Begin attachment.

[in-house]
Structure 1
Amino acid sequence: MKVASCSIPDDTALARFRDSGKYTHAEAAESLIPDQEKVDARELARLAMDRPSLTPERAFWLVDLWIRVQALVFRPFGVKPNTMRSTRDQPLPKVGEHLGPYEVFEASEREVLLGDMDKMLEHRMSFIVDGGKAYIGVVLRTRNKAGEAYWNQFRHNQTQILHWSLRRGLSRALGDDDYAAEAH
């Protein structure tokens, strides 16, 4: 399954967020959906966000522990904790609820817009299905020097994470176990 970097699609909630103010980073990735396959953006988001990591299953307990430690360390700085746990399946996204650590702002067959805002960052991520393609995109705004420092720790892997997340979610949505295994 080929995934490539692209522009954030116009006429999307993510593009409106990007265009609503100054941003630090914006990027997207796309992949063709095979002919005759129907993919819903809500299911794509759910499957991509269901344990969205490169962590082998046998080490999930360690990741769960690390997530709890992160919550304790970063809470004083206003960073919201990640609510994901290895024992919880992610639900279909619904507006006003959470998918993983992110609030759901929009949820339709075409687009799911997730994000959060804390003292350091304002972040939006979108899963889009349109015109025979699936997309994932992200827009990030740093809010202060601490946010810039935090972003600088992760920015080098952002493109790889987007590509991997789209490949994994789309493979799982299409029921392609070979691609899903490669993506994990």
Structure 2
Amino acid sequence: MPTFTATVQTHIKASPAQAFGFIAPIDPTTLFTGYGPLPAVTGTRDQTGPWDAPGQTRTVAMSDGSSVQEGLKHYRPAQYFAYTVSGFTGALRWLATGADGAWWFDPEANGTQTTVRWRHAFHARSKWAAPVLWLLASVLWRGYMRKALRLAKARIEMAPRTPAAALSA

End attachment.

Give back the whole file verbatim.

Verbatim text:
[in-house]
Structure 1
Amino acid sequence: MKVASCSIPDDTALARFRDSGKYTHAEAAESLIPDQEKVDARELARLAMDRPSLTPERAFWLVDLWIRVQALVFRPFGVKPNTMRSTRDQPLPKVGEHLGPYEVFEASEREVLLGDMDKMLEHRMSFIVDGGKAYIGVVLRTRNKAGEAYWNQFRHNQTQILHWSLRRGLSRALGDDDYAAEAH
């Protein structure tokens, strides 16, 4: 399954967020959906966000522990904790609820817009299905020097994470176990 970097699609909630103010980073990735396959953006988001990591299953307990430690360390700085746990399946996204650590702002067959805002960052991520393609995109705004420092720790892997997340979610949505295994 080929995934490539692209522009954030116009006429999307993510593009409106990007265009609503100054941003630090914006990027997207796309992949063709095979002919005759129907993919819903809500299911794509759910499957991509269901344990969205490169962590082998046998080490999930360690990741769960690390997530709890992160919550304790970063809470004083206003960073919201990640609510994901290895024992919880992610639900279909619904507006006003959470998918993983992110609030759901929009949820339709075409687009799911997730994000959060804390003292350091304002972040939006979108899963889009349109015109025979699936997309994932992200827009990030740093809010202060601490946010810039935090972003600088992760920015080098952002493109790889987007590509991997789209490949994994789309493979799982299409029921392609070979691609899903490669993506994990």
Structure 2
Amino acid sequence: MPTFTATVQTHIKASPAQAFGFIAPIDPTTLFTGYGPLPAVTGTRDQTGPWDAPGQTRTVAMSDGSSVQEGLKHYRPAQYFAYTVSGFTGALRWLATGADGAWWFDPEANGTQTTVRWRHAFHARSKWAAPVLWLLASVLWRGYMRKALRLAKARIEMAPRTPAAALSA